Report tangible heritage in cahulDocument Transcript
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Pag. | 2 CONTENTS CONTEXT AND STATE OF ART OF TANGIBLE HERITAGE IN CAHUL DISTRICT, REPUBLIC OF MOLDOVA 1. Introduction.Republic of Moldova and Cahul district tangible heritage 3 2. Tangible cultural heritage‐ evolution of concepts 3 3. Legislative background for tangible heritage protection in Republic of Moldova 4 4. Cahul district and project area tangible cultural heritage character 5 5 Territory sustainable development through tangible and intangible heritage 6 6. A model of minor historic rural center revival and management 6 Tangible and intangible heritage of Rimetea (Alba County, Romania)
Pag. | 3 Context and state of art of Tangible heritage in Cahul district, Republic of Moldova 1. Introduction.Republic of Moldova and Cahul district tangible heritage Located in the southern part of the Republic of Moldova,having a surface of 448200 ha, Cahul district is composed of plains and hilly areas, with over 11% forests occupieing the district land and an important natural scentific Reserve, between Prut river and the Danube,“The Lower Prut”natural reserve, formed of meadows, ponds and natural lakes.Landscape represents the integratorfactor that embraces a small size localities system, formed of one town- Cahul- and 55 localities, ofwhich 37 communes and 18 villages.It’s geographical position and the history of this region shaped a multicultural environment, presentin the cultural life of the villages and also in their tangible and intangible heritage.Tangible and intangible heritage are interrelated by a dynamic link, as tangible values -built, naturalor artefacts-protection is significant for communities identity in the future and enable them todevelop in a sustainable way, based on their heritage and cultural values, they become aware of.Although in terms of figures, tangible heritage recorded in the oficial Register for Monuments in theCahul district is not significant, cultural spaces(linked to a site, landscape or to a building) as amarket place or a village square are part of the local identity, being both a site and socio-culturalplace, due to their significance for the community or inhabitants.2. Tangible cultural heritage‐ evolution of concepts Approaching international definition of tangible heritage in charters or resolutions at European level, the change of the concept can be seen as an evolution from specific categories (emblematic monument buildings or archeological remains) to a larger array‐ groups of less important buildings, man‐made sites, artifacts and landscapes‐ including natural features, geological and physiographical formations, natural landscapes but also cultural/man‐made ones. The conservation of tangible heritage as well as safeguarding and transmitting cultural practices, traditional knowledge and skills calls for putting tangible heritage in its wider context ‐ relating it more closely to the concerned communities ‐“translate” intangible heritage to“tangible forms “of heritage, as inventories, records, exhibitions/ museums and support the practitioners for the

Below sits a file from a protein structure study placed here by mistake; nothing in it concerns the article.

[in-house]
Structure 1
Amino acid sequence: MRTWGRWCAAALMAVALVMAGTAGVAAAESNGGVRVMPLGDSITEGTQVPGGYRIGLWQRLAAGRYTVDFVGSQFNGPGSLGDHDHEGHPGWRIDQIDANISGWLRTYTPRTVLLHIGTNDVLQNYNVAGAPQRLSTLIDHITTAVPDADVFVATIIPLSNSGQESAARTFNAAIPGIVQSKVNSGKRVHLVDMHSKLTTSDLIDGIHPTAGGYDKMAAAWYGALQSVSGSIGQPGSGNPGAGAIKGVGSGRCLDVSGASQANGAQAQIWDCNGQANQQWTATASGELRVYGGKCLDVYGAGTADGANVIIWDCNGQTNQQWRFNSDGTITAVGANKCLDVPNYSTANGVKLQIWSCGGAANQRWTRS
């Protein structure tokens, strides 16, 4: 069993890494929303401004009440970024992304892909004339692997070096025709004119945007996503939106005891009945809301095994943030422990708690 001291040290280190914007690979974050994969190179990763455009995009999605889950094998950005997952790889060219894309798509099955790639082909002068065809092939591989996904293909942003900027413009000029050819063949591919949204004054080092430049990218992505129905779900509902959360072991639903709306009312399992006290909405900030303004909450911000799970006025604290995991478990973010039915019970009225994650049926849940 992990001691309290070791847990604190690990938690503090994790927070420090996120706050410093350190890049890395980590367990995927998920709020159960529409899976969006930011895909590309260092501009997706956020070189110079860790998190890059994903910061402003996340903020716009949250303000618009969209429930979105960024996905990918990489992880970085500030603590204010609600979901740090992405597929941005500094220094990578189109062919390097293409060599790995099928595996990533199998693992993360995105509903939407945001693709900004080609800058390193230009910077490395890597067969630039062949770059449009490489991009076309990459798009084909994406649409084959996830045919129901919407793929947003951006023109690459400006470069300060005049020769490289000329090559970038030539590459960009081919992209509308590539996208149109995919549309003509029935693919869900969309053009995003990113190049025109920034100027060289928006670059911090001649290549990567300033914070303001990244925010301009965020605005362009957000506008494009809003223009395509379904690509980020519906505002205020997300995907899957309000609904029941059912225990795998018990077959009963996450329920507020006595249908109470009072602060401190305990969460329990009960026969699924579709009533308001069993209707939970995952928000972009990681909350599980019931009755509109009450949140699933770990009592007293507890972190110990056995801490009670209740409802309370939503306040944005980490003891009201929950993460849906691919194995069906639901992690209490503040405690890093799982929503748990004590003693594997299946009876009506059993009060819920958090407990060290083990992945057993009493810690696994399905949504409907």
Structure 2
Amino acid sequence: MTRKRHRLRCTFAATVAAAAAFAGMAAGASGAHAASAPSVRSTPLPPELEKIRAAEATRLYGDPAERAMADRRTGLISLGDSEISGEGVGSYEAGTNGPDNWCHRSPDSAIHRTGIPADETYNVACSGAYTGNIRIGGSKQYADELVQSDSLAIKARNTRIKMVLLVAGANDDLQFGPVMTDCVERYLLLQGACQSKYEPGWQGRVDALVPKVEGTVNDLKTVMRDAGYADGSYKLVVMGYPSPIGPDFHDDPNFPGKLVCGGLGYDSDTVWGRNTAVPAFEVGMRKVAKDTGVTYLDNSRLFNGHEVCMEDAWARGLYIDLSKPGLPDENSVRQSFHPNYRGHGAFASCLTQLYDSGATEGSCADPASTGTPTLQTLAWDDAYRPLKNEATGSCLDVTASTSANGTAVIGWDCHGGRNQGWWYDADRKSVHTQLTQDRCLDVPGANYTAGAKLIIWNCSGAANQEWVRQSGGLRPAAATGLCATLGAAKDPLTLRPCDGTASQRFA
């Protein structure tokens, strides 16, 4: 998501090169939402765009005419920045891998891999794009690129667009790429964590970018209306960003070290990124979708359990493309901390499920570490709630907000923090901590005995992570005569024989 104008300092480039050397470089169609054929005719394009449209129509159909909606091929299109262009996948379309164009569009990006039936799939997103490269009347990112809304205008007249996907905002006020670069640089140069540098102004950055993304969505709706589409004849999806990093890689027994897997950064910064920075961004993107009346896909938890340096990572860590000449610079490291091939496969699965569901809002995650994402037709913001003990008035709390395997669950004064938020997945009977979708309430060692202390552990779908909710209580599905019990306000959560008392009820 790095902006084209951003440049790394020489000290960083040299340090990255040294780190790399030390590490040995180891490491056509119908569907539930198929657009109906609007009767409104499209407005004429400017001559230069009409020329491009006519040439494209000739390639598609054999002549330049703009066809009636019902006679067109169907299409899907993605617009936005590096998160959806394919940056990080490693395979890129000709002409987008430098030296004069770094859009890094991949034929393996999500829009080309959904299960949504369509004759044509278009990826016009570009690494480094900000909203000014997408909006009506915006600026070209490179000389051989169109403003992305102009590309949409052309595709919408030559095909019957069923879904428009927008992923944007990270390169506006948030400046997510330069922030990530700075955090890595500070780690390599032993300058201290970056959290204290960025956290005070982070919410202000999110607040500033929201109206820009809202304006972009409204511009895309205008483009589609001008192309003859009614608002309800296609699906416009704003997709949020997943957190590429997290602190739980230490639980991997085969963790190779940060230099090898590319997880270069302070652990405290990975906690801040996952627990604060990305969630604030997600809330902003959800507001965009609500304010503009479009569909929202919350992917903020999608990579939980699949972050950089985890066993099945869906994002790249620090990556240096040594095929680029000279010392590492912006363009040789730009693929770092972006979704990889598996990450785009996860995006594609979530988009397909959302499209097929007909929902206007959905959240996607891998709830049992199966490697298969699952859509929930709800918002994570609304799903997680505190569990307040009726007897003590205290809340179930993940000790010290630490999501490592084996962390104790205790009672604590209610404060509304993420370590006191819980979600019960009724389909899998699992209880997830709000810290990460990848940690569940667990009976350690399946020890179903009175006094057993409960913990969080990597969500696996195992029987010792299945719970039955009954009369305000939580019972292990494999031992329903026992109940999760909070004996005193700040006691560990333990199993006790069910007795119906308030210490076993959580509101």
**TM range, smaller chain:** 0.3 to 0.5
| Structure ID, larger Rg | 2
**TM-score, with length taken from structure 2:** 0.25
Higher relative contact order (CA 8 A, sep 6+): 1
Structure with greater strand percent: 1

Pag. | 4 transmission of skills; meaning that intangible heritage should support tangible heritage values and be included in tangible manifestations, in order to become a visible sign of local history and culture. This integrated way of dealing with heritage, encompassing tangible and intangible, must be sustained also by a new way of acting at local and at the same time at territorial level, in restoring these values, revitalizing and enhancing them in a coherent and inclusive approach. 3. Legislative background for tangible heritage protection in the Republic of Moldova As a country in a process of transition, Republic of Moldova faces several issues concerning the recognition and the protection of some heritage values considered in European legislation on the same level of importance as emblematic architectural or archaeological values‐ rural settlements, vernacular architecture, urban fabric or cultural landscapes. The policy concerning heritage preservation is formed of several laws, starting June 22, 1993‐Law regarding the protection of historical monuments(with subsequent modifications‐2012), followed in 27 may 1999 by the Law on culture and in 2002 by the ratification of the Convention on protection of World cultural and natural heritage (UNESCO, Paris 1972). In order to be protected, an objective‐(site, monument of architecture or art) ‐has to be inscribed in the Register of Monuments Protected by the State(RMPS) or in the Register of Monuments Protected by Local Authorities(RMPLA)‐ corresponding to the national or local value of the objectives. The National Agency on Monuments, Inspection and Restoration, as professional and scientific body in the heritage field, was founded in 2006; consequently the RMPS was published only 4 years later, in February 2010, the protection of monuments coming into force then. Protected areas are defined in the Regulations for Protected Natural and Built areas (Governmental resolution 1009/2000) which provide protection to heritage (urban, architectural and archaeological values) only in a limited area, concerning the surroundings that include objectives on the RMPS. In figures, out of 15,000 cultural sites representing Republic of Moldova cultural heritage, only a number of 5206 are included in RMPS‐ 4086 of national importance and 1120 of local importance. Unfortunately, for monuments of local importance‐ that generally form the historical background of a locality, including minor historic centers ‐ few districts benefit of the RMPLA‐ and Cahul district has not yet completed it, in order to enable a better protection policy and the implementation of sustainable development processes and programs based on tangible heritage enhancement.